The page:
Kevin Levin says he’s changed his mind about Confederate statues

Historians in the News
tags: Confederate Monuments

Kevin M. Levin is a historian based in Boston. He is the author of Remembering the Battle of the Crater: War as Murder.

… [The] fallout following the horrific 2015 murders of nine churchgoers in Charleston, South Carolina’s Emanuel A.M.E. Church proved to be a critical turning point in my thinking. After photographs of the shooter, Dylann Roof, posing with Confederate battle flags were published, calls rang out to remove both the banners and rebel monuments from public spaces. For me, the lowering of the Confederate battle flag in Columbia and elsewhere needed little justification, as it’d been embraced as a symbol of “massive resistance” during the civil-rights movement. But I still held firm to my view of the monuments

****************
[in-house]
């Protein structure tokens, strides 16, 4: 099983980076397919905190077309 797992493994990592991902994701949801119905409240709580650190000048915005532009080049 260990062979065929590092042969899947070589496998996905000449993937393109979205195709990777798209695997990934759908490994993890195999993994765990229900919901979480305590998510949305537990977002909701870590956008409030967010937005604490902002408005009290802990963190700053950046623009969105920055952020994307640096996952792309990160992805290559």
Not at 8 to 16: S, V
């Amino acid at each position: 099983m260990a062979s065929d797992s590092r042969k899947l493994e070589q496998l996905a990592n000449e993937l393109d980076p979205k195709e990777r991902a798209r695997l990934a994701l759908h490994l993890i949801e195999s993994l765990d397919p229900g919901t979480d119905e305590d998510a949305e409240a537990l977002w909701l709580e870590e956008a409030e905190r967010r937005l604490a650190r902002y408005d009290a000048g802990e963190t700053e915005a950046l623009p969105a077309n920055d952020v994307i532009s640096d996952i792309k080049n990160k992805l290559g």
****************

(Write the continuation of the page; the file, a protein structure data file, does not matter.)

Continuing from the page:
That summer, I traveled for the first time to Prague, in the former Soviet-bloc country of Czechoslovakia. I noticed almost immediately the concrete foundations and empty pedestals where monuments to communist leaders once stood. Some statues had been relocated to museums, while others were destroyed; skate boarders and sunbathers had since claimed their spot.

The experience forced me to reconsider my position on the markers back home. I imagined stepping back in time to convince the residents of Prague that the monuments helped them face their past, or gave teachers an important tool with which to engage their students. This proved to be a futile exercise. Regardless of their destination, the monuments were exactly where they needed to be as determined by the community members themselves. ...

Read entire article at The Atlantic

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